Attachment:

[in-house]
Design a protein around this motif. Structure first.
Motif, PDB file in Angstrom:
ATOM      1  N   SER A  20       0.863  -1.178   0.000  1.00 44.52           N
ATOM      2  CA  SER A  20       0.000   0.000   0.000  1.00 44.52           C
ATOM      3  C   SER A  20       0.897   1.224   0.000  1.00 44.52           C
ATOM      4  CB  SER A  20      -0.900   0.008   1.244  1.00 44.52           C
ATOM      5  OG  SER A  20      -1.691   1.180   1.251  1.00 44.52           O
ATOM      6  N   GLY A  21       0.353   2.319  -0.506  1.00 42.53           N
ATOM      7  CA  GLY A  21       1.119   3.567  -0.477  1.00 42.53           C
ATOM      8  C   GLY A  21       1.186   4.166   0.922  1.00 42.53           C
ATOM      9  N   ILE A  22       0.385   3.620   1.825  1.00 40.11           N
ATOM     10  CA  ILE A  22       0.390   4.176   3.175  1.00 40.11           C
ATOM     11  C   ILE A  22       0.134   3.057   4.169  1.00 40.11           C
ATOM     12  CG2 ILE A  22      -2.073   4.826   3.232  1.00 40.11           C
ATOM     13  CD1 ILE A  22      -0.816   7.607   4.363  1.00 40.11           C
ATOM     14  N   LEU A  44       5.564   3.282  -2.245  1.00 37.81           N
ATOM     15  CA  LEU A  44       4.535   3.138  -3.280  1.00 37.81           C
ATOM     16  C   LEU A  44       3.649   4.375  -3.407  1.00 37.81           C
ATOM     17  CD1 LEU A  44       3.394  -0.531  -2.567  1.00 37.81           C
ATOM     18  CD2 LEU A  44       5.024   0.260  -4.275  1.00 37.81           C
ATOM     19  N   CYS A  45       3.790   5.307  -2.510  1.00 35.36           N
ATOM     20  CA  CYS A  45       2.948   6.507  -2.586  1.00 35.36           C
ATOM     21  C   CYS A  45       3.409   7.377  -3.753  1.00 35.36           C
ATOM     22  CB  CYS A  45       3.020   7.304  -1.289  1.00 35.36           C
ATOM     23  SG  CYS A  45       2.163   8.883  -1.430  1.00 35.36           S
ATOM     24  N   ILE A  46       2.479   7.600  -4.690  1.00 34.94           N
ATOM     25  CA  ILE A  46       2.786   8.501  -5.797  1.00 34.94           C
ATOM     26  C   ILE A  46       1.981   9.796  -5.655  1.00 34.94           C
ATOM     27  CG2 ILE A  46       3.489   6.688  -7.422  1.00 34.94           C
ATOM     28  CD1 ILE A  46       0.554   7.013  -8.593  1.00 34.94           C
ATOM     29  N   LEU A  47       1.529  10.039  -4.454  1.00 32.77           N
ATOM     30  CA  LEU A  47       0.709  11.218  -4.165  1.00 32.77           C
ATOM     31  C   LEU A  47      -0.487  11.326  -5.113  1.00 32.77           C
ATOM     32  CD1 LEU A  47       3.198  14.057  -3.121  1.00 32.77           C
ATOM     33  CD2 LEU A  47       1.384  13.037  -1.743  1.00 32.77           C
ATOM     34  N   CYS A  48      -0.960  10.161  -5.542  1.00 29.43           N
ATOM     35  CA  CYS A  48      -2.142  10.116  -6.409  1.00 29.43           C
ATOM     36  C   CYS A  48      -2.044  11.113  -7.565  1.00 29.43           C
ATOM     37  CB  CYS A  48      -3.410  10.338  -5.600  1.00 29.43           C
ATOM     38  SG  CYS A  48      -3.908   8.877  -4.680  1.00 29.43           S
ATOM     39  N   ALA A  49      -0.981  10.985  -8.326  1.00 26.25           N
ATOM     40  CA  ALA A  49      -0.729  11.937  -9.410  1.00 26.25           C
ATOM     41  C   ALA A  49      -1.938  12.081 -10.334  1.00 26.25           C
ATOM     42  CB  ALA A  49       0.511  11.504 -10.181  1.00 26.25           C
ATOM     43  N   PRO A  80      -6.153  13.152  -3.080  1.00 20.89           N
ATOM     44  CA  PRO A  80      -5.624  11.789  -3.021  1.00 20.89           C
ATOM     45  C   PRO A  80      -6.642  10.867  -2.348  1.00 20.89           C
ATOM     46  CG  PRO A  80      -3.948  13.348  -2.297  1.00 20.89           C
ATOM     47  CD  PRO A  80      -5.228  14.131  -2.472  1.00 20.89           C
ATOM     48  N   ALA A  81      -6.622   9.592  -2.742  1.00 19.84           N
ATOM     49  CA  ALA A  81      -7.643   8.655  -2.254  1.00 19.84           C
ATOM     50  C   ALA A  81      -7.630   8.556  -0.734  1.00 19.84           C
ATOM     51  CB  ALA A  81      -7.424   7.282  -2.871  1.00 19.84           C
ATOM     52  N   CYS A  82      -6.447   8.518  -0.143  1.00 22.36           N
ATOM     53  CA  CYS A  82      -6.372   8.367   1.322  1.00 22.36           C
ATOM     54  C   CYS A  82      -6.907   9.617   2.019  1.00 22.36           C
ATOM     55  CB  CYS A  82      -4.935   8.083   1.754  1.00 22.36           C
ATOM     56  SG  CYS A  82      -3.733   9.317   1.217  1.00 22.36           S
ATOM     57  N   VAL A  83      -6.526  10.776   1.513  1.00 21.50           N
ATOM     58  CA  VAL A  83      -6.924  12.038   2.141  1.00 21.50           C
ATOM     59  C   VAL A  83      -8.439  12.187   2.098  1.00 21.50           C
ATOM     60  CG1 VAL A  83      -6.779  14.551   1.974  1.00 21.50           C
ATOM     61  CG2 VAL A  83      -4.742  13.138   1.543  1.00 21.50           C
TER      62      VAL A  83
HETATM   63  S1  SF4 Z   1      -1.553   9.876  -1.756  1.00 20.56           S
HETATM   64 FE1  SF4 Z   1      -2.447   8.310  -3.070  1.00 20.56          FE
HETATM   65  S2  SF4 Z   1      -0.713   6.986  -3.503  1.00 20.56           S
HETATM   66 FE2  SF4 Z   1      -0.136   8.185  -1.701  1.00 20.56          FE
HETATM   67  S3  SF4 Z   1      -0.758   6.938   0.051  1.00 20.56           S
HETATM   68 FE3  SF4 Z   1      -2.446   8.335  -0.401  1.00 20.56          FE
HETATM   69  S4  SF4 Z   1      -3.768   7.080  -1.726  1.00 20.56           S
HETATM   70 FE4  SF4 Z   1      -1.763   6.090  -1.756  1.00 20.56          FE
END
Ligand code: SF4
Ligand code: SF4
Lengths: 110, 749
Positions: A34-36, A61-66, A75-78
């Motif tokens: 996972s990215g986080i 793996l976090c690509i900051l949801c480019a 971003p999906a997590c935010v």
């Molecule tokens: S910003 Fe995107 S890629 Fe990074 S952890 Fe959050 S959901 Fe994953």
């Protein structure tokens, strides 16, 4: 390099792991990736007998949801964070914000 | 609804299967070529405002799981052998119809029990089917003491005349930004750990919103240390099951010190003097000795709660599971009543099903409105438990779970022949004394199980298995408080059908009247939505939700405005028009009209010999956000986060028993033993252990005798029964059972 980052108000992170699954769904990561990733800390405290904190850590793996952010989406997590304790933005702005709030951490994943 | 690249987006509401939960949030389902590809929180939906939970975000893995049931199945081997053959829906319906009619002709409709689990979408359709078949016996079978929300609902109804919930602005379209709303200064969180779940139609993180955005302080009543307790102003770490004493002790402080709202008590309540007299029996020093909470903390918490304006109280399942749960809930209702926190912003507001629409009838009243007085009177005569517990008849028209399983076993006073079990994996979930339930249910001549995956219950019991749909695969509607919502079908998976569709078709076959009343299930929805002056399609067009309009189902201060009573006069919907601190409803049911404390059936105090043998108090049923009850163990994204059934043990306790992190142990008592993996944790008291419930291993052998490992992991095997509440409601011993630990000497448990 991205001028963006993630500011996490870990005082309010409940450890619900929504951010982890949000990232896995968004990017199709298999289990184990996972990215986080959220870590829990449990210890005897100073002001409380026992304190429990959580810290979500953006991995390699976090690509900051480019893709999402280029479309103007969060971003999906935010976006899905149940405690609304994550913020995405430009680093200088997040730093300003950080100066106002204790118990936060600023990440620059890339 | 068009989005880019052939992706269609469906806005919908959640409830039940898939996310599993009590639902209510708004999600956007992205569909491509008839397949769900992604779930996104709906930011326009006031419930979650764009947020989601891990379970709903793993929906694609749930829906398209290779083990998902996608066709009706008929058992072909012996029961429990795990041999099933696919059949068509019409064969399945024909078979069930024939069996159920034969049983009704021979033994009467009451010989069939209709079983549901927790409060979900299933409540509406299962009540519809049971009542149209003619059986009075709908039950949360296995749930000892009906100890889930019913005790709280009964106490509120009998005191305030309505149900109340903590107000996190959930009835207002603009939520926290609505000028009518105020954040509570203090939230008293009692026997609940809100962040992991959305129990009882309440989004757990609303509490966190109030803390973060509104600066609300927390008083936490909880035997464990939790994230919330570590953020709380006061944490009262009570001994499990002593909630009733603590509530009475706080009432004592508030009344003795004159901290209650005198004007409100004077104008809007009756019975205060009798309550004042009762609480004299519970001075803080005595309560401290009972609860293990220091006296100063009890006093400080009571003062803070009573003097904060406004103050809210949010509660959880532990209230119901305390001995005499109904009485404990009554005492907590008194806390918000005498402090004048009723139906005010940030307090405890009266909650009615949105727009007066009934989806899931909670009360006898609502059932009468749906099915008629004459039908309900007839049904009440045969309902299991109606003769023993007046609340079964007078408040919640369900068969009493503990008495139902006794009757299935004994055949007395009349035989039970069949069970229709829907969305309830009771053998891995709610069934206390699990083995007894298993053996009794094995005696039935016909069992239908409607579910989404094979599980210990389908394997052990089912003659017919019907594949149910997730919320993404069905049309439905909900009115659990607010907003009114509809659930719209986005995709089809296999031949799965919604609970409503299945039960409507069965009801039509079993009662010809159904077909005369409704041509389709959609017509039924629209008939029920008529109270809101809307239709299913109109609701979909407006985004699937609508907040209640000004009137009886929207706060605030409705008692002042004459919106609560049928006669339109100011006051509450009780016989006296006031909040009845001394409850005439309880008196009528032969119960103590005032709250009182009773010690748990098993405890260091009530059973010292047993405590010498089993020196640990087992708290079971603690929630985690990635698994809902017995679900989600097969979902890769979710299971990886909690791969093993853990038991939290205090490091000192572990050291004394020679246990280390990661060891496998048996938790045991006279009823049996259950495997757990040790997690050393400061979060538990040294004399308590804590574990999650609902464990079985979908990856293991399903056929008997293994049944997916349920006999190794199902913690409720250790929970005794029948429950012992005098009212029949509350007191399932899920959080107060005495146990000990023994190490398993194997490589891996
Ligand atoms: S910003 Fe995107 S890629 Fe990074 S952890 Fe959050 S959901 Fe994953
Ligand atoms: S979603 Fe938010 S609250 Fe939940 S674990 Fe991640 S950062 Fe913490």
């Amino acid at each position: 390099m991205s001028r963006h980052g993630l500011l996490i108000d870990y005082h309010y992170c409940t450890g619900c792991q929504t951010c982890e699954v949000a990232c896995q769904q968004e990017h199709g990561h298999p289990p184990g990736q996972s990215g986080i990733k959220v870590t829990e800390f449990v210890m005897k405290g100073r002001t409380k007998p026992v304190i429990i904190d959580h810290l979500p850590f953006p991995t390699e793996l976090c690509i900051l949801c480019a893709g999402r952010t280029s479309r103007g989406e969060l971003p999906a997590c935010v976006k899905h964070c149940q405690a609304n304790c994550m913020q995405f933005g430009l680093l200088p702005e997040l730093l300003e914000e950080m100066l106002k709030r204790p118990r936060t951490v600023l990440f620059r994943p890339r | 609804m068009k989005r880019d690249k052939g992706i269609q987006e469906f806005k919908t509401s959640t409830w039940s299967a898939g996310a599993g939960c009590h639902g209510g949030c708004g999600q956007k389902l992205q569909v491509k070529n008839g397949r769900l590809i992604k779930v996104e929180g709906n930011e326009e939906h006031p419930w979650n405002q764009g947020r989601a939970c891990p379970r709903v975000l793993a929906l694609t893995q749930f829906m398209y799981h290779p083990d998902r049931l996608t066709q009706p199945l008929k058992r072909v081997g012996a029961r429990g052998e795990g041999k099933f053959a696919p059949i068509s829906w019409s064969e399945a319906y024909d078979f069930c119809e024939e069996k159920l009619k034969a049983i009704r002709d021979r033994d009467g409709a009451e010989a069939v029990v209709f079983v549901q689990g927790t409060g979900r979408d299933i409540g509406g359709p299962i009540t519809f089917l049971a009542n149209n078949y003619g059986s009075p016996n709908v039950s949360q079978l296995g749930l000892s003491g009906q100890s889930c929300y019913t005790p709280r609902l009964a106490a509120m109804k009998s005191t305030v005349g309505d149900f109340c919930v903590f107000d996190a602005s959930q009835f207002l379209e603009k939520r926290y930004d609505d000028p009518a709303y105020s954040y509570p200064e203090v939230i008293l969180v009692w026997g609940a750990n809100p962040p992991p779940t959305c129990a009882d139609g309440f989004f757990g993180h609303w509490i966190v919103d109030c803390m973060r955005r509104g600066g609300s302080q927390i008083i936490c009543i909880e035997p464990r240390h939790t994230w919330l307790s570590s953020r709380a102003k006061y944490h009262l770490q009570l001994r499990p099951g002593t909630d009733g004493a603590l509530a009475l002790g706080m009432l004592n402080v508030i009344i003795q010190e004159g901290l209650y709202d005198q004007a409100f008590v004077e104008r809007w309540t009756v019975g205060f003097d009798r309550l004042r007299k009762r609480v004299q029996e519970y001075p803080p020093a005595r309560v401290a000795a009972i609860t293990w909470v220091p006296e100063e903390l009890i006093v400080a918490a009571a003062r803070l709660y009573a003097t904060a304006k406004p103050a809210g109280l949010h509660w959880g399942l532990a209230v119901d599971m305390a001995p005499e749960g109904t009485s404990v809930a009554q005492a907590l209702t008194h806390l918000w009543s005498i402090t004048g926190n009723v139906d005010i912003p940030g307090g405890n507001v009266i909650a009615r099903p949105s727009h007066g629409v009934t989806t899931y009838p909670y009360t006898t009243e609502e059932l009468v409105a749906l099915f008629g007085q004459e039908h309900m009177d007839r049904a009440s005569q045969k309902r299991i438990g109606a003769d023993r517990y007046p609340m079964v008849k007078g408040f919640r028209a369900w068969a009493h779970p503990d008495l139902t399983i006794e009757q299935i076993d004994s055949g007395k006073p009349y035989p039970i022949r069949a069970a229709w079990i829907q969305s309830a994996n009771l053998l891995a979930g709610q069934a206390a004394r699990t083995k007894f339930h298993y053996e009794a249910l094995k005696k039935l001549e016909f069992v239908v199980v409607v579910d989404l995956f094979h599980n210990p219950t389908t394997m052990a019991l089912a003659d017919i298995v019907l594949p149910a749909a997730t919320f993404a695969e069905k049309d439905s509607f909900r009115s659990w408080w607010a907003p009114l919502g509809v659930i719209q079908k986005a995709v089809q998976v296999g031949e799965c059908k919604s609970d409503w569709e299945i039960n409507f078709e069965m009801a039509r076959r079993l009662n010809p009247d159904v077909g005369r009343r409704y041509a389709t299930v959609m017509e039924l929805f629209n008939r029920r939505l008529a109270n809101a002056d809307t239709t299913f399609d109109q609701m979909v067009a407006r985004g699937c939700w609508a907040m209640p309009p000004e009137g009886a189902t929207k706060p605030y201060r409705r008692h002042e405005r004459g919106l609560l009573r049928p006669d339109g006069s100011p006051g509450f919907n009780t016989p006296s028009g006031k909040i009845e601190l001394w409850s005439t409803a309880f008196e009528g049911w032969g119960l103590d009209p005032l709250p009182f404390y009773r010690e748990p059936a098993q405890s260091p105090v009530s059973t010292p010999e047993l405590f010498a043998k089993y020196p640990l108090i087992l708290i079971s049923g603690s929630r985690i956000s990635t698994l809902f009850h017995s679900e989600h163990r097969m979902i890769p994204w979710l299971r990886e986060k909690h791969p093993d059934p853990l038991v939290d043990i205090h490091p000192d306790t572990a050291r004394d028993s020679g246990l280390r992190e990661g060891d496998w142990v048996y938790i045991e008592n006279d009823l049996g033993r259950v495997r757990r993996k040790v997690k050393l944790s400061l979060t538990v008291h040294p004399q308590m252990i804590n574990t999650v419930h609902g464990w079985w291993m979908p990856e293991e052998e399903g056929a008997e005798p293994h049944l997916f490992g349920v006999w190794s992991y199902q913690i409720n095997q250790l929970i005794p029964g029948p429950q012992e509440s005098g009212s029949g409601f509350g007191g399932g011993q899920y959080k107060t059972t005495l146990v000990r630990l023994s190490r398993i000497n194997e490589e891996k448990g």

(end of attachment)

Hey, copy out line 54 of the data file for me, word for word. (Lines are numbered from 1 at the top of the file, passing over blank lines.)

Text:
ATOM     51  CB  ALA A  81      -7.424   7.282  -2.871  1.00 19.84           C